[env-trinity] Fresno Bee 2 2 10
bwl3 at comcast.net
Wed Feb 3 11:30:00 PST 2010
Water groups fight salmon plan in court
By John Ellis
A coalition of water districts and agencies asked a federal judge in Fresno
on Tuesday to set aside a controversial salmon management plan because it
reduces water deliveries to urban and agricultural users.
U.S. District Judge Oliver W. Wanger is weighing a decision after hearing
four hours of testimony. He promised a ruling by Tuesday, the date of
another hearing dealing with the salmon management plan.
Among those seeking the order were the Westlands Water District, which takes
in a large portion of the west side of the central San Joaquin Valley. Also
among the plaintiffs were the Metropolitan Water District of Southern
California, which serves 19 million people.
All depend on the Sacramento-San Joaquin Delta for water. The temporary
ruling, if granted, would be in place while a more permanent measure is
sought. The water agencies want the salmon management plan rewritten to
allow more water to be pumped.
Federal officials had to rewrite the plan after Wanger in 2008 found an
earlier set of rules did not adequately protect the endangered fish species.
The rules cover salmon varieties that are protected by the Endangered
On Tuesday, attorneys for the water agencies argued that water cutbacks when
salmon are in the vicinity of the delta pumps are causing irreparable harm
to water users. They also said the salmon now near the pumps are fall-run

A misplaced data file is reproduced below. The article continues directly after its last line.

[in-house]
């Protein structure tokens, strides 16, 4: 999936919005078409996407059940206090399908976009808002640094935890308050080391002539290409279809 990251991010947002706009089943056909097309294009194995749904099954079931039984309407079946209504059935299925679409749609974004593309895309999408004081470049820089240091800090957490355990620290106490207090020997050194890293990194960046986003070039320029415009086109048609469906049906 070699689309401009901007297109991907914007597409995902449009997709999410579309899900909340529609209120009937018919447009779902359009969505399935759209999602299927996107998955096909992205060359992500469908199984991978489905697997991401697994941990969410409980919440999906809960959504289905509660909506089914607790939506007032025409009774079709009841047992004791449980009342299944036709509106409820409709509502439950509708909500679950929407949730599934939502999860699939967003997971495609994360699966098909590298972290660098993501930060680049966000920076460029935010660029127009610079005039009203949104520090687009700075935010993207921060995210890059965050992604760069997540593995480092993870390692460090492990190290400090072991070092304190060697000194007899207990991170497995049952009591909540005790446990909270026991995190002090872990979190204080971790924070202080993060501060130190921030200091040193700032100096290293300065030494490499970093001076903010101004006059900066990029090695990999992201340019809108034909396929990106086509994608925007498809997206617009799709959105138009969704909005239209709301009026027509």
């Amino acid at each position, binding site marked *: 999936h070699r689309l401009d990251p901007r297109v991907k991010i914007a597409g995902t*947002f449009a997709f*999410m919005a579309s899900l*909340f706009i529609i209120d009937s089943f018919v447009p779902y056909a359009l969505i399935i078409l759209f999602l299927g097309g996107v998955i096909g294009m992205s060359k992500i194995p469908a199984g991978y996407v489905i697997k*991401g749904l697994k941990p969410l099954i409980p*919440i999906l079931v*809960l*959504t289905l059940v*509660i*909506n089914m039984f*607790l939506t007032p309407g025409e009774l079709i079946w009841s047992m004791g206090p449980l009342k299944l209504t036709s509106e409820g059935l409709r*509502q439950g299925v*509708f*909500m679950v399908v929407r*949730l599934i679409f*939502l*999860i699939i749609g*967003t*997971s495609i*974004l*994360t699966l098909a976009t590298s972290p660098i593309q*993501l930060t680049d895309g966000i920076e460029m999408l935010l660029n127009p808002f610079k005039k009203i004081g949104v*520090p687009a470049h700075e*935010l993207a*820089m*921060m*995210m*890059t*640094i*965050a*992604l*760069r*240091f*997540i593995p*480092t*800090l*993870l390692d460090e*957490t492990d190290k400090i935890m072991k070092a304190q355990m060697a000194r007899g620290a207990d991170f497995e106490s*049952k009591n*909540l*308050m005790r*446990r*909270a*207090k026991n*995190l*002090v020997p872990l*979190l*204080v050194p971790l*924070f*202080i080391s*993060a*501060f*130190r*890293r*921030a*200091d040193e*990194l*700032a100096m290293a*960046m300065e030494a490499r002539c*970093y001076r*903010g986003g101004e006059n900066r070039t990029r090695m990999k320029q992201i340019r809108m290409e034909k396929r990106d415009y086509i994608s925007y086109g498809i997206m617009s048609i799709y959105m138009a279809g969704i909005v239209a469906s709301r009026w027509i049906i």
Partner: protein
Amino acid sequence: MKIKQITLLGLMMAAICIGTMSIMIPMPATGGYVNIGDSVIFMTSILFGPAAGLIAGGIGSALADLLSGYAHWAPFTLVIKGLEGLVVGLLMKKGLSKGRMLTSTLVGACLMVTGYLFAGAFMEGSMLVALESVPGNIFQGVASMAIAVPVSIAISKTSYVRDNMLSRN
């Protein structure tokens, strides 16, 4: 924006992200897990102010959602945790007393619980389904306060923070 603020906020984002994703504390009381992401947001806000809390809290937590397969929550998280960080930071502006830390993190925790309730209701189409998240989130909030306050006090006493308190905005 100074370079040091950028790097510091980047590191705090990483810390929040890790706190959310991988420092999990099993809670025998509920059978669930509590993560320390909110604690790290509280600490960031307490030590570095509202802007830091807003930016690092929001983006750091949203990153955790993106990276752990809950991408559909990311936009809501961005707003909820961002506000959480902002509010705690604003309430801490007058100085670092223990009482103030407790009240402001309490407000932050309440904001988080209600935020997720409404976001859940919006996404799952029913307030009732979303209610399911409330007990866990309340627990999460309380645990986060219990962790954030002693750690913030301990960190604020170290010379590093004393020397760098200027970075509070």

salmon -- which are not endangered -- and not the protected winter run.
"We submit there is no harm currently to the winter run [salmon], because
there is no winter run," said attorney Keith Adair, who represents Westlands
and San Luis & Delta-Mendota Water Authority.
Urban and agriculture users that depend on delta water say they are losing
6,000 acre-feet of water per day because of the new salmon rules. An
acre-foot is about 326,000 gallons, or enough water for a family of four for
But federal government attorneys and their environmental allies defended the
new salmon rules. U.S. Department of Justice attorney Bridget Kennedy McNeil
accused the water users of "trying to eliminate protections."
McNeil also countered Adair, saying "the winter-run [salmon] are on the move
and more of them can be expected in February."
Tuesday's hearing was also slated to include the delta smelt, but Wanger
delayed action because the species is not currently causing water cutbacks.
Byron Leydecker, JcT
Chair, Friends of Trinity River
PO Box 2327
Mill Valley, CA 94942-2327
415 383 4810 land/fax (call first to fax)
415 519 4810 mobile
<mailto:bwl3 at comcast.net> bwl3 at comcast.net
<mailto:bleydecker at stanfordalumni.org> bleydecker at stanfordalumni.org
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